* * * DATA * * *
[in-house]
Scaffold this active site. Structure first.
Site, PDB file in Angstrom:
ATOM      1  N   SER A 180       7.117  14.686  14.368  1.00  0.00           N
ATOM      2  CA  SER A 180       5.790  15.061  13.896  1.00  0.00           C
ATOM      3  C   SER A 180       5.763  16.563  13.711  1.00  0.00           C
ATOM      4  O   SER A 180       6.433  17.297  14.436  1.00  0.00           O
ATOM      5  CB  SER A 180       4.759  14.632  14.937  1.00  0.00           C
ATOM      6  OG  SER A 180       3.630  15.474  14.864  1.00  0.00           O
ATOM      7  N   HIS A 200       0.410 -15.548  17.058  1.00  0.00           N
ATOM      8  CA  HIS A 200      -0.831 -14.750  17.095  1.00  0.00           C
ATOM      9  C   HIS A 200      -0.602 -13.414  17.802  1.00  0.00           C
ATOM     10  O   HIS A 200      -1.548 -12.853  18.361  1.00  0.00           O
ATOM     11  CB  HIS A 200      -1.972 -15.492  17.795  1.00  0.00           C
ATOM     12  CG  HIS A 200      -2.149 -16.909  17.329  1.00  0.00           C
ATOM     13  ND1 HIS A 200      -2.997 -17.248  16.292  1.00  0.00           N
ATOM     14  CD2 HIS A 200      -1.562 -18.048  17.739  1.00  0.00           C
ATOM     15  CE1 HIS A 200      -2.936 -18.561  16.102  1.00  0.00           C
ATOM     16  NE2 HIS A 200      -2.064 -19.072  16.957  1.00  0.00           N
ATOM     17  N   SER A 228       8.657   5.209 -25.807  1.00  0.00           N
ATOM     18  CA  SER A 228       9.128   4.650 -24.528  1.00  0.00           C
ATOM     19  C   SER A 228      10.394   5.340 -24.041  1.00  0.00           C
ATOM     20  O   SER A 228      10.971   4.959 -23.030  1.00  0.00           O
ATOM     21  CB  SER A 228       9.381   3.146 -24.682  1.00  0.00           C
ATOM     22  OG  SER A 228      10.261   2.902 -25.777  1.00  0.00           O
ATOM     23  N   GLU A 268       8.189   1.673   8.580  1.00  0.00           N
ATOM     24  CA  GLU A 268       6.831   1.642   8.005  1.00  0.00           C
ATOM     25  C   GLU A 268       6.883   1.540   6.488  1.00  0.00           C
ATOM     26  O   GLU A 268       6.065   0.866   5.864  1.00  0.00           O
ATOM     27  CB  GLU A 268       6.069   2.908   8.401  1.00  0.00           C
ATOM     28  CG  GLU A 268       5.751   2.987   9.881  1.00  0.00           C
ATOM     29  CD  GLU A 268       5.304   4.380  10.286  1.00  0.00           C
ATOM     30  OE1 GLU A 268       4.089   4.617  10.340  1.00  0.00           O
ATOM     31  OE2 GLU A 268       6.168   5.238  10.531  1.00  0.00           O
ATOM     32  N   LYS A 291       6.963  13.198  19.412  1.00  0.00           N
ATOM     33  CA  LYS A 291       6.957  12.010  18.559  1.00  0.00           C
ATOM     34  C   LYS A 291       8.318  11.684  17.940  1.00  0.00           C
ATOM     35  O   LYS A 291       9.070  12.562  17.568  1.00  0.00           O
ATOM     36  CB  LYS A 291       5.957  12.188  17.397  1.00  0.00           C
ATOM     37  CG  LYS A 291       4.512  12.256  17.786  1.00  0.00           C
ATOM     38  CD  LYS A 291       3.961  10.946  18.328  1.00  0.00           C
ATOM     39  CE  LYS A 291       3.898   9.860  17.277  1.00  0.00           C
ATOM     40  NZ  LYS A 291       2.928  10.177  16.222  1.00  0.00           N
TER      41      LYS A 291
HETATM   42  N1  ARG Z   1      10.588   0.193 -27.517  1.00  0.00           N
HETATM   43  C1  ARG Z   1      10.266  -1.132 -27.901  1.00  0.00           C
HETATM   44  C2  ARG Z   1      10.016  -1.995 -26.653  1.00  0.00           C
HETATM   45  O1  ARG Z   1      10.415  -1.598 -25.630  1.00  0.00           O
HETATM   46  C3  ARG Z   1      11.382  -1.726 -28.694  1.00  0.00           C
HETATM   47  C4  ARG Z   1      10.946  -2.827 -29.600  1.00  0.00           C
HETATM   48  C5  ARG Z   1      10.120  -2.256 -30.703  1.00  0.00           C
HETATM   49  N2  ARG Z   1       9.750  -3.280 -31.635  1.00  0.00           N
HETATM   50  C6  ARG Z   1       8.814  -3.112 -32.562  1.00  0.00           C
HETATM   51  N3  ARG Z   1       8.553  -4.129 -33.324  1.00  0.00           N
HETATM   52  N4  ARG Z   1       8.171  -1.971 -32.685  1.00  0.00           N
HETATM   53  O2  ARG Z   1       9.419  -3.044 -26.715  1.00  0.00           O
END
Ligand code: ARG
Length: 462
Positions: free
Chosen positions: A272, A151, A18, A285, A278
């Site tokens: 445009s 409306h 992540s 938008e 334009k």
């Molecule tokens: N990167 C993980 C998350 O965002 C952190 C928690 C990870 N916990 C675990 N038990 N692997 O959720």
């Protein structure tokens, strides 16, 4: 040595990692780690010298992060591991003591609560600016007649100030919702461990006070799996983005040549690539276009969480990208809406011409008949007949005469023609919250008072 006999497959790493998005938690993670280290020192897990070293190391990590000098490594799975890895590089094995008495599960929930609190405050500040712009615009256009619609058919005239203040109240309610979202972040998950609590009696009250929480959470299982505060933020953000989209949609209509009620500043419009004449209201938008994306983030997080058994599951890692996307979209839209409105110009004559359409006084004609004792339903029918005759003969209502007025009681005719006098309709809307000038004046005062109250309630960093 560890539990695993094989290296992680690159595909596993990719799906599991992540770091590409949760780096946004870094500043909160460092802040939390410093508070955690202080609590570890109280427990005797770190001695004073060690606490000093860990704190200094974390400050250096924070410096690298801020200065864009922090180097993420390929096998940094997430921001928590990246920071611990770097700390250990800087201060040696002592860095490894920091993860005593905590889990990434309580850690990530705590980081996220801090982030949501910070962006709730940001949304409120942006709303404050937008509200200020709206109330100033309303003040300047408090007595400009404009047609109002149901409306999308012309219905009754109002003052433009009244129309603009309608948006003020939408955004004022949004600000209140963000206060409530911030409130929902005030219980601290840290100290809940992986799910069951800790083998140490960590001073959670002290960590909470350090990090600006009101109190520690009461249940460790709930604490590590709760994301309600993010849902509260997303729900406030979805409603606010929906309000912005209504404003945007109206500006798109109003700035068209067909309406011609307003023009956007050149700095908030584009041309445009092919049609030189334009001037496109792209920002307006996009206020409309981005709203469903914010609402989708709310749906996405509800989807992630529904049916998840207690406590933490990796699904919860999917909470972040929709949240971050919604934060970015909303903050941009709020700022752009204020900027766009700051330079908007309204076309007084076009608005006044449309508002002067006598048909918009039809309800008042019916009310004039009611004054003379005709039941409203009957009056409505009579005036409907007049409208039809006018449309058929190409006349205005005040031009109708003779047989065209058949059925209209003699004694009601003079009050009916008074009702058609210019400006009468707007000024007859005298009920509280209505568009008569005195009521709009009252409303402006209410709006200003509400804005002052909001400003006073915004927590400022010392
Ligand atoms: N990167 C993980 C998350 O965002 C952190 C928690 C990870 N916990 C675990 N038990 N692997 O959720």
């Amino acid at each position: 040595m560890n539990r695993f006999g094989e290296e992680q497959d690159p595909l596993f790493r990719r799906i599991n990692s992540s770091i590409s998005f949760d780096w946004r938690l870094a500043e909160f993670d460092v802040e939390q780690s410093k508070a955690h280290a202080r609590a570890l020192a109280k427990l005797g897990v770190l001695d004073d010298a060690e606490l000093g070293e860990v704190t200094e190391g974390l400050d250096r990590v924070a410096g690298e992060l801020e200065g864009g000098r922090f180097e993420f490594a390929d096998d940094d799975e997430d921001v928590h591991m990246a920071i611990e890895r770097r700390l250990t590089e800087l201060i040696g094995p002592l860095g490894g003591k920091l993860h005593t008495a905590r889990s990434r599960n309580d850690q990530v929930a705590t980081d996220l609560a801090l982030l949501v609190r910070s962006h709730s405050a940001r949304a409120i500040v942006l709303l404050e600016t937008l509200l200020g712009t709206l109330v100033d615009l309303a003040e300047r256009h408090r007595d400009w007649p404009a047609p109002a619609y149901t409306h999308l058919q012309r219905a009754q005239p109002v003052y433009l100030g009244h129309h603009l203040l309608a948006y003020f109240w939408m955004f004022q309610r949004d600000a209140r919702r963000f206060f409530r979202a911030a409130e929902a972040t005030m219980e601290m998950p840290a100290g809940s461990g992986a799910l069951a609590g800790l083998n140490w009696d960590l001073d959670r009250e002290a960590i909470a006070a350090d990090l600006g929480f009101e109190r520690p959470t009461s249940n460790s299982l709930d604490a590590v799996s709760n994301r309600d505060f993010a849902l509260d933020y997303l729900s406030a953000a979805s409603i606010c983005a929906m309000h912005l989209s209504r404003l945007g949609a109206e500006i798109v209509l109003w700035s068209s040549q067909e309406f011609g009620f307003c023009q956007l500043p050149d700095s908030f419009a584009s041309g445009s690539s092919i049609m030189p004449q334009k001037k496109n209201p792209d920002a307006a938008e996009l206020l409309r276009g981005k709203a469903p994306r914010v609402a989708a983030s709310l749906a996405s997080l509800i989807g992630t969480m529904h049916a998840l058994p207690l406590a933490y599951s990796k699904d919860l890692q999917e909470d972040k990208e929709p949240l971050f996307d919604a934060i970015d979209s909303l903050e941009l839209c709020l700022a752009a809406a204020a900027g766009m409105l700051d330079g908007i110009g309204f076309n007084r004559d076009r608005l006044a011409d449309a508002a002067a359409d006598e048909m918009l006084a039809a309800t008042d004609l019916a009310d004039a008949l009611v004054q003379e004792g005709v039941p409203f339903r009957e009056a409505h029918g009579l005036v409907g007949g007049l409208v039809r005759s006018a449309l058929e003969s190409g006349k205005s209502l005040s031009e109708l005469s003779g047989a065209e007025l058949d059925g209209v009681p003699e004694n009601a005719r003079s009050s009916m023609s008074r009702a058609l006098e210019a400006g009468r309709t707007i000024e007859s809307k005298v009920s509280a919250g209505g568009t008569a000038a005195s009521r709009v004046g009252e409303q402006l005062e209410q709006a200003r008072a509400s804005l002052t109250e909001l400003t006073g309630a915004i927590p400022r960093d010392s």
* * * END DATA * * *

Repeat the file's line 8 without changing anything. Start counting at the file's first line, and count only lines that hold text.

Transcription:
ATOM      5  CB  SER A 180       4.759  14.632  14.937  1.00  0.00           C